WASHINGTON — Ramble around D.C. for a bit and you're highly likely to run into any number of the more than 100 statues peppered throughout the District.
President Abraham Lincoln presides over the National Mall. A short distance away, President Thomas Jefferson keeps watch over the Tidal Basin.
If you set out to track down any statues of women in D.C., you'd better have a good idea where you're going or it might take a while. Only a handful of statues in D.C. highlight specific women or the accomplishments of a group of women.
Former First Lady Eleanor Roosevelt is among the small group of women immortalized in stone. So is Mary McLeod Bethune, a civil rights activist and founder of Bethune-Cookman University.
You can see a short description of the female statues of D.C. HERE.
Spoiler Alert: most of them are in the Capitol's Statuary Hall collection, where they are vastly outnumbered by their male counterparts.
The extreme lack of representation of women in statues across the country piqued the interest of Lyda Hill Philanthropies, who found that only six statues of women were present in the ten largest U.S. cities.
Combining the need for both more women in STEM fields and more statues of women, Lyda Hill Philanthropies set out to find a group of role model women and created 120 3D-printed statues which were displayed in New York, Dallas and then along the National Mall and inside several Smithsonian museums as part of Women's History Month.
"All of my cousins are like, girl! You're in the Smithsonian!" said Dr. Ciara Sivels, a nuclear engineer with Johns Hopkins University's Applied Physics Laboratory.
Dr. Sivels's research centers around radiation detection and how it affects materials. She was the first black woman to earn a doctorate in nuclear engineering from the University of Michigan.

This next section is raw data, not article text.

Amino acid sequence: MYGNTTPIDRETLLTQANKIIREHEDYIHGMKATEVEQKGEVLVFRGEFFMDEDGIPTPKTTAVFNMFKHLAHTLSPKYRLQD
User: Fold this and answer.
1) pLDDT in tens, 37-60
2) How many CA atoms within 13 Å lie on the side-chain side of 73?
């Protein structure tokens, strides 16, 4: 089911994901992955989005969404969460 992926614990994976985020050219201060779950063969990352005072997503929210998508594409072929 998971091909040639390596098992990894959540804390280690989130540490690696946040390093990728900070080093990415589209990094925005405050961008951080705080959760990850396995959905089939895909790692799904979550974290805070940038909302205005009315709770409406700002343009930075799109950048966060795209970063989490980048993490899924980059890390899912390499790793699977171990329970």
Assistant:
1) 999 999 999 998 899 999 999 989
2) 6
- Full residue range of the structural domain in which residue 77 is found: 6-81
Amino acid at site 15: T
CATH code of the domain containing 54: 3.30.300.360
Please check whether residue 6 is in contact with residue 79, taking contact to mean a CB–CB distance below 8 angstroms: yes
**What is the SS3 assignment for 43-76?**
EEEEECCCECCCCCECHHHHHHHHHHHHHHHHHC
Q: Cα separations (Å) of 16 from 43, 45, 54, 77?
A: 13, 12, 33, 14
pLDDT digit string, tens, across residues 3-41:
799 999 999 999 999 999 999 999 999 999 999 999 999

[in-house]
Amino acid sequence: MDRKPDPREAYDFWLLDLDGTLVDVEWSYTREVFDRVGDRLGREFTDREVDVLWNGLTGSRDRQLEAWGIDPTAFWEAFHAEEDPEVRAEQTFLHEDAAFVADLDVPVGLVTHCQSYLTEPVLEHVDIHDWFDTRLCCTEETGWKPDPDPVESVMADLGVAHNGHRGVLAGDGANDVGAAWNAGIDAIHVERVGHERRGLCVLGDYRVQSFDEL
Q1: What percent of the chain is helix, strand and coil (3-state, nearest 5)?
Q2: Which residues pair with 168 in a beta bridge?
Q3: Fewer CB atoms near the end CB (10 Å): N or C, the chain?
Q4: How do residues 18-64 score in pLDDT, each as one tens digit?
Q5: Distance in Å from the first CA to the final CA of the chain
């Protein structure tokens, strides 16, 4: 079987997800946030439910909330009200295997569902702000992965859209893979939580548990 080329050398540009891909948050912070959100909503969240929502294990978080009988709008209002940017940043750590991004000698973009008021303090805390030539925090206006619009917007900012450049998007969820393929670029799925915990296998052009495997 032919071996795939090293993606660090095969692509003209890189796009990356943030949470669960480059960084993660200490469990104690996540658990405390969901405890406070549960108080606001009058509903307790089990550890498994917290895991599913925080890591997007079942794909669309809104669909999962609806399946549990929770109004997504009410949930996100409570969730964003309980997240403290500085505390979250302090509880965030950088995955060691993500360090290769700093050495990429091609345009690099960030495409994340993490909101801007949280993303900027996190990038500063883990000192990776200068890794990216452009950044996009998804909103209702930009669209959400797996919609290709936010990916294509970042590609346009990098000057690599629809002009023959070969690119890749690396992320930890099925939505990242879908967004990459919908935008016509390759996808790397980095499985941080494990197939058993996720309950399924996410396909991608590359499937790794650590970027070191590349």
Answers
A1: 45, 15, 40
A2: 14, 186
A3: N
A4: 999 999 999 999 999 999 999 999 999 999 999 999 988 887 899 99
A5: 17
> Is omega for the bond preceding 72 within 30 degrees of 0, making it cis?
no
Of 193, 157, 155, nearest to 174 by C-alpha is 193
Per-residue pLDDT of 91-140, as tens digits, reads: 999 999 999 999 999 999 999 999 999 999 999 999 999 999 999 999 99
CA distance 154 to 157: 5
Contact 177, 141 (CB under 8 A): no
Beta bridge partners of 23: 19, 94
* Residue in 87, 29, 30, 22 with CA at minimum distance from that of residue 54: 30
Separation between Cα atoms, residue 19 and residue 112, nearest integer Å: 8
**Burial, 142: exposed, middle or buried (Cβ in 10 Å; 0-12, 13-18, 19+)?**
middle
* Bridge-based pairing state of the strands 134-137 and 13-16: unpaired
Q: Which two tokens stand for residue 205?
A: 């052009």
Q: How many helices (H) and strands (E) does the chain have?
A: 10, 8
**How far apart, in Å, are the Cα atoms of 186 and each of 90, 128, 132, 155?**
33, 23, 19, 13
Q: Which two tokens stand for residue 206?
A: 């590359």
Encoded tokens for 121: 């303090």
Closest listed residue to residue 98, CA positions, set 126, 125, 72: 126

"I saw it as an opportunity to share my story and maybe change someone's trajectory in the future," said Dr. Sivels. "Having this opportunity as an ambassador was very important because as a black woman in a male-dominated field I wanted to show that representation."
Dr. Lataisia Jones nearly drove off the road when she happened to see her statue front and center on the National Mall.
"That's the biggest part of this initiative," said Jones, who also goes by 'Dr. Tay.' "To make sure we increase that exposure to women. Especially women in STEM careers."
Dr. Jones was the first black woman to earn a doctorate from Florida State University in biomedical sciences. She does STEM consulting and founded a program called 'S.T.E.M.ING WHILE BLACK'
"I grew up thinking Bill Nye the Science Guy and Steve Urkel (from the 1990's TV show 'Family Matters') were the only scientists and I had to look like them and I had to do things like them even socially," said Dr. Jones. "Then I realized, you know, I'm a girly-girl. I like to wear dresses. I like to wear makeup and get my hair done.
Women only make up 25% of STEM-related careers despite being 50% of those who earn a college degree.
"The relationship between aspiration and inspiration. You have to have a little inspiration of those who look like you to even be able to aspire to be the things like Dr. Jones or Dr. Sivels," said Margaret Black with Lyda Hill Philanthropies. "We started this all for a very simple reason and that is science is the answer. It's gonna be the answer to cancer, to COVID and to climate change all around us. To build this better future we're going to need all the minds at the table."
26-year-old Breonna Taylor was shot and killed by police. A new portrait of her now hangs at the National Museum of African American History and Culture in D.C.